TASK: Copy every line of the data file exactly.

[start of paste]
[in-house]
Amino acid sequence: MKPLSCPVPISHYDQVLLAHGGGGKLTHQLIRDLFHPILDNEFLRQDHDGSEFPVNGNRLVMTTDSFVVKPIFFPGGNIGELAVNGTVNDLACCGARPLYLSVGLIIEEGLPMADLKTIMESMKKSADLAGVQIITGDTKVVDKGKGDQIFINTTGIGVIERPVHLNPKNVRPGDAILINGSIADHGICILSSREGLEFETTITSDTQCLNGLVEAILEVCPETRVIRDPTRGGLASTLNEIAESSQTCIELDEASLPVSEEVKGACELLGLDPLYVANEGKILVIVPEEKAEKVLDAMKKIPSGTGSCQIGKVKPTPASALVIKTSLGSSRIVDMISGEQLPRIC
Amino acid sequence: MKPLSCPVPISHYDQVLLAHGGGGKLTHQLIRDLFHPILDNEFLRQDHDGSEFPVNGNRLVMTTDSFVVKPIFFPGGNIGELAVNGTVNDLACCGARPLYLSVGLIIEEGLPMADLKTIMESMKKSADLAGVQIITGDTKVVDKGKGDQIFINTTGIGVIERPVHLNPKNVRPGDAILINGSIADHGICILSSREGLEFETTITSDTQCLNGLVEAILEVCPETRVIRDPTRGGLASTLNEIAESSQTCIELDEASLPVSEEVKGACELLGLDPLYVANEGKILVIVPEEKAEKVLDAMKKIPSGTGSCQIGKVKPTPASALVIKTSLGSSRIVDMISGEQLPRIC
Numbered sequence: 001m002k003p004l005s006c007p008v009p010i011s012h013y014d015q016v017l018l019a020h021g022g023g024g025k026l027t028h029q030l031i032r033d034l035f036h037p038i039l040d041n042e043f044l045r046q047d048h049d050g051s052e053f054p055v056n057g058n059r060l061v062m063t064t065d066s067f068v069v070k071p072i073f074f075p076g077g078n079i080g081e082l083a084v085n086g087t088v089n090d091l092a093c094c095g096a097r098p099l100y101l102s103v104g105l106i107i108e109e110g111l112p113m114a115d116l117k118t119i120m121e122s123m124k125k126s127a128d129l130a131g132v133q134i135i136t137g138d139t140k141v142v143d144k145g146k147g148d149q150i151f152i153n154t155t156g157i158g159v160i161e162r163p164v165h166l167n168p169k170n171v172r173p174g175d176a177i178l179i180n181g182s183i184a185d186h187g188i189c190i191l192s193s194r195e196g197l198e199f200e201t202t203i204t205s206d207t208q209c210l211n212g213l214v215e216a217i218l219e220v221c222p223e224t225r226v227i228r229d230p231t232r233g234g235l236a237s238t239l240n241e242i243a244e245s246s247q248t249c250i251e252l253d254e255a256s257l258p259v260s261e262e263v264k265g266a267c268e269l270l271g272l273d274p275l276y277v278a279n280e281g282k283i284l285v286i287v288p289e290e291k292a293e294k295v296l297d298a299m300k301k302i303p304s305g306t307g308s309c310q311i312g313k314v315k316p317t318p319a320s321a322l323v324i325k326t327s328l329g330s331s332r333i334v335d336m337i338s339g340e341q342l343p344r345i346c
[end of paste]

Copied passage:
[in-house]
Amino acid sequence: MKPLSCPVPISHYDQVLLAHGGGGKLTHQLIRDLFHPILDNEFLRQDHDGSEFPVNGNRLVMTTDSFVVKPIFFPGGNIGELAVNGTVNDLACCGARPLYLSVGLIIEEGLPMADLKTIMESMKKSADLAGVQIITGDTKVVDKGKGDQIFINTTGIGVIERPVHLNPKNVRPGDAILINGSIADHGICILSSREGLEFETTITSDTQCLNGLVEAILEVCPETRVIRDPTRGGLASTLNEIAESSQTCIELDEASLPVSEEVKGACELLGLDPLYVANEGKILVIVPEEKAEKVLDAMKKIPSGTGSCQIGKVKPTPASALVIKTSLGSSRIVDMISGEQLPRIC
Amino acid sequence: MKPLSCPVPISHYDQVLLAHGGGGKLTHQLIRDLFHPILDNEFLRQDHDGSEFPVNGNRLVMTTDSFVVKPIFFPGGNIGELAVNGTVNDLACCGARPLYLSVGLIIEEGLPMADLKTIMESMKKSADLAGVQIITGDTKVVDKGKGDQIFINTTGIGVIERPVHLNPKNVRPGDAILINGSIADHGICILSSREGLEFETTITSDTQCLNGLVEAILEVCPETRVIRDPTRGGLASTLNEIAESSQTCIELDEASLPVSEEVKGACELLGLDPLYVANEGKILVIVPEEKAEKVLDAMKKIPSGTGSCQIGKVKPTPASALVIKTSLGSSRIVDMISGEQLPRIC
Numbered sequence: 001m002k003p004l005s006c007p008v009p010i011s012h013y014d015q016v017l018l019a020h021g022g023g024g025k026l027t028h029q030l031i032r033d034l035f036h037p038i039l040d041n042e043f044l045r046q047d048h049d050g051s052e053f054p055v056n057g058n059r060l061v062m063t064t065d066s067f068v069v070k071p072i073f074f075p076g077g078n079i080g081e082l083a084v085n086g087t088v089n090d091l092a093c094c095g096a097r098p099l100y101l102s103v104g105l106i107i108e109e110g111l112p113m114a115d116l117k118t119i120m121e122s123m124k125k126s127a128d129l130a131g132v133q134i135i136t137g138d139t140k141v142v143d144k145g146k147g148d149q150i151f152i153n154t155t156g157i158g159v160i161e162r163p164v165h166l167n168p169k170n171v172r173p174g175d176a177i178l179i180n181g182s183i184a185d186h187g188i189c190i191l192s193s194r195e196g197l198e199f200e201t202t203i204t205s206d207t208q209c210l211n212g213l214v215e216a217i218l219e220v221c222p223e224t225r226v227i228r229d230p231t232r233g234g235l236a237s238t239l240n241e242i243a244e245s246s247q248t249c250i251e252l253d254e255a256s257l258p259v260s261e262e263v264k265g266a267c268e269l270l271g272l273d274p275l276y277v278a279n280e281g282k283i284l285v286i287v288p289e290e291k292a293e294k295v296l297d298a299m300k301k302i303p304s305g306t307g308s309c310q311i312g313k314v315k316p317t318p319a320s321a322l323v324i325k326t327s328l329g330s331s332r333i334v335d336m337i338s339g340e341q342l343p344r345i346c